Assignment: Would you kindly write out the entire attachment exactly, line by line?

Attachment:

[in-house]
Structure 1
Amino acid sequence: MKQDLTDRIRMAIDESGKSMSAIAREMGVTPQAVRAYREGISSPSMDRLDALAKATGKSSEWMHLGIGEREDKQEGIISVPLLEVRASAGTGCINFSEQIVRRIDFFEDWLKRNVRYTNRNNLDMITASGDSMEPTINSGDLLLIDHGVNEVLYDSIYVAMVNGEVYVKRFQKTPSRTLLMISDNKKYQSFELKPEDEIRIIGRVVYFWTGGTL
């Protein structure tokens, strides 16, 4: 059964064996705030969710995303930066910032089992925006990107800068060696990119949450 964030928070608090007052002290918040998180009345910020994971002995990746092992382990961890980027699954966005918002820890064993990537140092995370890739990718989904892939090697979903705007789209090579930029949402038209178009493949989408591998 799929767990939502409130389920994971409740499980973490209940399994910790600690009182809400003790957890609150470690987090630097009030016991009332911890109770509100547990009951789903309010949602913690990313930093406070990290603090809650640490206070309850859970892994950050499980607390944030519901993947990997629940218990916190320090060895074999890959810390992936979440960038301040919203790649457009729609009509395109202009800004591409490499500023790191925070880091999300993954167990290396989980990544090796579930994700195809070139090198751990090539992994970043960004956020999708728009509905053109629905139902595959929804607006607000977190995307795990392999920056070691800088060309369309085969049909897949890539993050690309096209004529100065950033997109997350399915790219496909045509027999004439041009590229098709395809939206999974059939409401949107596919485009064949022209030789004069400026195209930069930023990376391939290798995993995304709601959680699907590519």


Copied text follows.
[in-house]
Structure 1
Amino acid sequence: MKQDLTDRIRMAIDESGKSMSAIAREMGVTPQAVRAYREGISSPSMDRLDALAKATGKSSEWMHLGIGEREDKQEGIISVPLLEVRASAGTGCINFSEQIVRRIDFFEDWLKRNVRYTNRNNLDMITASGDSMEPTINSGDLLLIDHGVNEVLYDSIYVAMVNGEVYVKRFQKTPSRTLLMISDNKKYQSFELKPEDEIRIIGRVVYFWTGGTL
């Protein structure tokens, strides 16, 4: 059964064996705030969710995303930066910032089992925006990107800068060696990119949450 964030928070608090007052002290918040998180009345910020994971002995990746092992382990961890980027699954966005918002820890064993990537140092995370890739990718989904892939090697979903705007789209090579930029949402038209178009493949989408591998 799929767990939502409130389920994971409740499980973490209940399994910790600690009182809400003790957890609150470690987090630097009030016991009332911890109770509100547990009951789903309010949602913690990313930093406070990290603090809650640490206070309850859970892994950050499980607390944030519901993947990997629940218990916190320090060895074999890959810390992936979440960038301040919203790649457009729609009509395109202009800004591409490499500023790191925070880091999300993954167990290396989980990544090796579930994700195809070139090198751990090539992994970043960004956020999708728009509905053109629905139902595959929804607006607000977190995307795990392999920056070691800088060309369309085969049909897949890539993050690309096209004529100065950033997109997350399915790219496909045509027999004439041009590229098709395809939206999974059939409401949107596919485009064949022209030789004069400026195209930069930023990376391939290798995993995304709601959680699907590519």